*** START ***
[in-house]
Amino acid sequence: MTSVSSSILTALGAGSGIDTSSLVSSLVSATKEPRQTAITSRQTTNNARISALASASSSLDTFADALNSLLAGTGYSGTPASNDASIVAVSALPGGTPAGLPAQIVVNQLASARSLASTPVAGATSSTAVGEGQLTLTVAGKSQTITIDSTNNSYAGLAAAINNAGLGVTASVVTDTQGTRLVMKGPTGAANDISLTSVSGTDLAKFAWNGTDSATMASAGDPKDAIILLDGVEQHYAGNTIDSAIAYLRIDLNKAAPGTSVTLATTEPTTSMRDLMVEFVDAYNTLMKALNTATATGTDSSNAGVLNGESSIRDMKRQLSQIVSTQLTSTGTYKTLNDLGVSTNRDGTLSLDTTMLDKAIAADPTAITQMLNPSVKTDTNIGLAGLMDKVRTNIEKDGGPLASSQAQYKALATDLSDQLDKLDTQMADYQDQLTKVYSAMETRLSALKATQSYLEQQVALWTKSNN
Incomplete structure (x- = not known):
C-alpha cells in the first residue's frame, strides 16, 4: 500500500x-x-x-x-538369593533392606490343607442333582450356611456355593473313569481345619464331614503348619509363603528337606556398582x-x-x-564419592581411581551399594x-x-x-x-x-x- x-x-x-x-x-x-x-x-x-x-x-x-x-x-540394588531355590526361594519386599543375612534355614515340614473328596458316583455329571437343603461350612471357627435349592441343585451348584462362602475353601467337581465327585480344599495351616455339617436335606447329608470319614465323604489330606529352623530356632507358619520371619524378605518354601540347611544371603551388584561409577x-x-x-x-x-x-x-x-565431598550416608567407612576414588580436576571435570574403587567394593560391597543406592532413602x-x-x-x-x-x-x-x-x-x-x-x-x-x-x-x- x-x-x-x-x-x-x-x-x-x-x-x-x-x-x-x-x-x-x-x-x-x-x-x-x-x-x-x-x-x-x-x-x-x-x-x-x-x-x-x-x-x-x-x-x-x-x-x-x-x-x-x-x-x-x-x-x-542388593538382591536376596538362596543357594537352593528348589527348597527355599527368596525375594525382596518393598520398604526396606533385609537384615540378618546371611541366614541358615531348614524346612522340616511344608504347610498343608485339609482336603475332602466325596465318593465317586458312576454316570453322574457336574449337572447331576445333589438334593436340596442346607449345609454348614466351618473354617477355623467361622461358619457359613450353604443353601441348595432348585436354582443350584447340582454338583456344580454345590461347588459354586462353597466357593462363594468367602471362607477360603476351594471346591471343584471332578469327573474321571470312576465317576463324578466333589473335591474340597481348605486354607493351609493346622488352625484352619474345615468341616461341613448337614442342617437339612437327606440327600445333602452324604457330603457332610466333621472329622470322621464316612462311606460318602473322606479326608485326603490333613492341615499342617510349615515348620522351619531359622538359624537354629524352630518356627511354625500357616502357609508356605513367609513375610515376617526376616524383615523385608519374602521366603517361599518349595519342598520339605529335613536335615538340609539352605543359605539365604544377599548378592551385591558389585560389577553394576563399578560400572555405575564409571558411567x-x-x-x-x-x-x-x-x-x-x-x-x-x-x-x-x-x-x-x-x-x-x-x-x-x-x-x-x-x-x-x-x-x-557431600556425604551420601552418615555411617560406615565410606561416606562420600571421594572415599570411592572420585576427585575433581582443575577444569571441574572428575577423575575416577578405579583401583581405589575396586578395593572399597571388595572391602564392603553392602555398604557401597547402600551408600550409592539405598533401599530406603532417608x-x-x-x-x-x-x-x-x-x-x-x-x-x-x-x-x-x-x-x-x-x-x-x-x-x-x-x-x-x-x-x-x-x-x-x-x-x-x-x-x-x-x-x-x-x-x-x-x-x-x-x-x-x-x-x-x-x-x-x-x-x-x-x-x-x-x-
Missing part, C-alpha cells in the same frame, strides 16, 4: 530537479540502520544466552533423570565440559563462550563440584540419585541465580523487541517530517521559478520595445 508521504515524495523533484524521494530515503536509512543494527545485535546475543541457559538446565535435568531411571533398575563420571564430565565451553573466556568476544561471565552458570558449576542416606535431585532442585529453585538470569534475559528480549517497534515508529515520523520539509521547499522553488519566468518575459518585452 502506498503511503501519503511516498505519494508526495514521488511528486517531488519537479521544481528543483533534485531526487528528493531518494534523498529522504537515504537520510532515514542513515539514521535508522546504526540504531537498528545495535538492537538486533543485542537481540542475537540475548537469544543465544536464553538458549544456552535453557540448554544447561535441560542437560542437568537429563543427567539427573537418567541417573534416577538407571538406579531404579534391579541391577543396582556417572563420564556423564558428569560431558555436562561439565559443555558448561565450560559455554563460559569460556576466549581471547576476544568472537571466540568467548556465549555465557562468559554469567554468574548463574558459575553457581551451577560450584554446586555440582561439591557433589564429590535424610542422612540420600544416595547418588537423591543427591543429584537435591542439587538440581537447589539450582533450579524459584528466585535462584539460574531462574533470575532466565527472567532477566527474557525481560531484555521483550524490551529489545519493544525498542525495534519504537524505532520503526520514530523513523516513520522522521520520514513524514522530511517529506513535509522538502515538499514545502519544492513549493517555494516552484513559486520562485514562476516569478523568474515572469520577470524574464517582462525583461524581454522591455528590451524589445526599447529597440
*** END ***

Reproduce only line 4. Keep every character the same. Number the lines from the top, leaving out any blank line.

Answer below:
C-alpha cells in the first residue's frame, strides 16, 4: 500500500x-x-x-x-538369593533392606490343607442333582450356611456355593473313569481345619464331614503348619509363603528337606556398582x-x-x-564419592581411581551399594x-x-x-x-x-x- x-x-x-x-x-x-x-x-x-x-x-x-x-x-540394588531355590526361594519386599543375612534355614515340614473328596458316583455329571437343603461350612471357627435349592441343585451348584462362602475353601467337581465327585480344599495351616455339617436335606447329608470319614465323604489330606529352623530356632507358619520371619524378605518354601540347611544371603551388584561409577x-x-x-x-x-x-x-x-565431598550416608567407612576414588580436576571435570574403587567394593560391597543406592532413602x-x-x-x-x-x-x-x-x-x-x-x-x-x-x-x- x-x-x-x-x-x-x-x-x-x-x-x-x-x-x-x-x-x-x-x-x-x-x-x-x-x-x-x-x-x-x-x-x-x-x-x-x-x-x-x-x-x-x-x-x-x-x-x-x-x-x-x-x-x-x-x-x-542388593538382591536376596538362596543357594537352593528348589527348597527355599527368596525375594525382596518393598520398604526396606533385609537384615540378618546371611541366614541358615531348614524346612522340616511344608504347610498343608485339609482336603475332602466325596465318593465317586458312576454316570453322574457336574449337572447331576445333589438334593436340596442346607449345609454348614466351618473354617477355623467361622461358619457359613450353604443353601441348595432348585436354582443350584447340582454338583456344580454345590461347588459354586462353597466357593462363594468367602471362607477360603476351594471346591471343584471332578469327573474321571470312576465317576463324578466333589473335591474340597481348605486354607493351609493346622488352625484352619474345615468341616461341613448337614442342617437339612437327606440327600445333602452324604457330603457332610466333621472329622470322621464316612462311606460318602473322606479326608485326603490333613492341615499342617510349615515348620522351619531359622538359624537354629524352630518356627511354625500357616502357609508356605513367609513375610515376617526376616524383615523385608519374602521366603517361599518349595519342598520339605529335613536335615538340609539352605543359605539365604544377599548378592551385591558389585560389577553394576563399578560400572555405575564409571558411567x-x-x-x-x-x-x-x-x-x-x-x-x-x-x-x-x-x-x-x-x-x-x-x-x-x-x-x-x-x-x-x-x-x-557431600556425604551420601552418615555411617560406615565410606561416606562420600571421594572415599570411592572420585576427585575433581582443575577444569571441574572428575577423575575416577578405579583401583581405589575396586578395593572399597571388595572391602564392603553392602555398604557401597547402600551408600550409592539405598533401599530406603532417608x-x-x-x-x-x-x-x-x-x-x-x-x-x-x-x-x-x-x-x-x-x-x-x-x-x-x-x-x-x-x-x-x-x-x-x-x-x-x-x-x-x-x-x-x-x-x-x-x-x-x-x-x-x-x-x-x-x-x-x-x-x-x-x-x-x-x-